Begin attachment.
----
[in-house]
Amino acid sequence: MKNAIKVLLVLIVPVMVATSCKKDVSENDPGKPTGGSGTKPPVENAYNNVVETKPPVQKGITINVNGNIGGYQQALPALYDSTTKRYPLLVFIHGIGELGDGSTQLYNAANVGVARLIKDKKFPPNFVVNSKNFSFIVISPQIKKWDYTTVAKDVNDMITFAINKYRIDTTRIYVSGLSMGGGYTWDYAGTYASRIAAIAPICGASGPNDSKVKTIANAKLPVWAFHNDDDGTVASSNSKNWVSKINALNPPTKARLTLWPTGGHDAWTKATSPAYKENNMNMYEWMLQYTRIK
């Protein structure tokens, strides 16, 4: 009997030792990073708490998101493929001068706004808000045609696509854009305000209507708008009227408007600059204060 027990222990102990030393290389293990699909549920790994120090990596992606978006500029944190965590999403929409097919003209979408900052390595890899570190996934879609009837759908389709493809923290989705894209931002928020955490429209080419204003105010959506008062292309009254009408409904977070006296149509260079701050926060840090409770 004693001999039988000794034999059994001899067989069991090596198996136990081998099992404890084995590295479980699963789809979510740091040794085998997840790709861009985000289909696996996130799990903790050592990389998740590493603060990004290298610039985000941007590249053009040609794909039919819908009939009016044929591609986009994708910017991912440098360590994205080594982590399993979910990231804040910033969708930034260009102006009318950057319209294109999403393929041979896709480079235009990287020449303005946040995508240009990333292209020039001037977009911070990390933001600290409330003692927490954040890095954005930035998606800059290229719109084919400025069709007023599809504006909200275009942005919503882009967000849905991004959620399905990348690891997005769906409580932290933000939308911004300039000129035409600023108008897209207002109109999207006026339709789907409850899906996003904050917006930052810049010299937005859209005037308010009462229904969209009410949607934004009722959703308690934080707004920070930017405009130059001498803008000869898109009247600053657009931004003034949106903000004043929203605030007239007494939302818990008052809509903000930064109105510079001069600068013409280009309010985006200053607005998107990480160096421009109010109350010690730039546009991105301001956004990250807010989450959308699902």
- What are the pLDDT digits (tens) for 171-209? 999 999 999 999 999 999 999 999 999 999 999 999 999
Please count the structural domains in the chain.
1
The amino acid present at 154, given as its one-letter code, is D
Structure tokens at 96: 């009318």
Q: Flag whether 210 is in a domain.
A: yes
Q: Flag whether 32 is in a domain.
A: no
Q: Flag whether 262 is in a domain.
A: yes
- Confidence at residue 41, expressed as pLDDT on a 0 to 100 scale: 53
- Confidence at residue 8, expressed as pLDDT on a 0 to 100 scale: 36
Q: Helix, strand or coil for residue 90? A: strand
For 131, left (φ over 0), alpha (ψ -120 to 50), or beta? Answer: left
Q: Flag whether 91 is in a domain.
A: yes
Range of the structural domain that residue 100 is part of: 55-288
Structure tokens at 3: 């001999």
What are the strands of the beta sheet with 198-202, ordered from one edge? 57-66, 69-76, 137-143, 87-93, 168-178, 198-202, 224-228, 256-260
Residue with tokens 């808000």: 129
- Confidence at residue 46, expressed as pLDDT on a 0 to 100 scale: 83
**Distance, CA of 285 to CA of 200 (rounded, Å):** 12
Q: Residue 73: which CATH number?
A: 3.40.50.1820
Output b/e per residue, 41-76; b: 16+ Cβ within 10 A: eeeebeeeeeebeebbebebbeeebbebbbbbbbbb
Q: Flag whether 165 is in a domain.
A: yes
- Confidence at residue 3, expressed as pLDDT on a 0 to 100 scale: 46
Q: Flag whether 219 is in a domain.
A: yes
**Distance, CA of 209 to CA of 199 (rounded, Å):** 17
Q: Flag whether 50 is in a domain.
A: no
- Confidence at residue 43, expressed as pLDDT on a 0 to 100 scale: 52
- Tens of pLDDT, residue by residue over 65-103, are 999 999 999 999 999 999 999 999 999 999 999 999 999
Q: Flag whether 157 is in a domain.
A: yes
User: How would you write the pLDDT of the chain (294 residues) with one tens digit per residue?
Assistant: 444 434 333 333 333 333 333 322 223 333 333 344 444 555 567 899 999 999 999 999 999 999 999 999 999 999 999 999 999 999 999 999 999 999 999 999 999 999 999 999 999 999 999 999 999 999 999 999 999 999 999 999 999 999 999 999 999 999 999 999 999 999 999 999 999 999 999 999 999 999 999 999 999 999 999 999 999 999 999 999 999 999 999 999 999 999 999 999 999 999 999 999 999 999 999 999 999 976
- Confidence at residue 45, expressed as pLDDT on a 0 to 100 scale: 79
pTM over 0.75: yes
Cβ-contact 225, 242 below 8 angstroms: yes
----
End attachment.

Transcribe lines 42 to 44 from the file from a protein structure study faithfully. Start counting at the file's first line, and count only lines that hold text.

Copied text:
User: How would you write the pLDDT of the chain (294 residues) with one tens digit per residue?
Assistant: 444 434 333 333 333 333 333 322 223 333 333 344 444 555 567 899 999 999 999 999 999 999 999 999 999 999 999 999 999 999 999 999 999 999 999 999 999 999 999 999 999 999 999 999 999 999 999 999 999 999 999 999 999 999 999 999 999 999 999 999 999 999 999 999 999 999 999 999 999 999 999 999 999 999 999 999 999 999 999 999 999 999 999 999 999 999 999 999 999 999 999 999 999 999 999 999 999 976
- Confidence at residue 45, expressed as pLDDT on a 0 to 100 scale: 79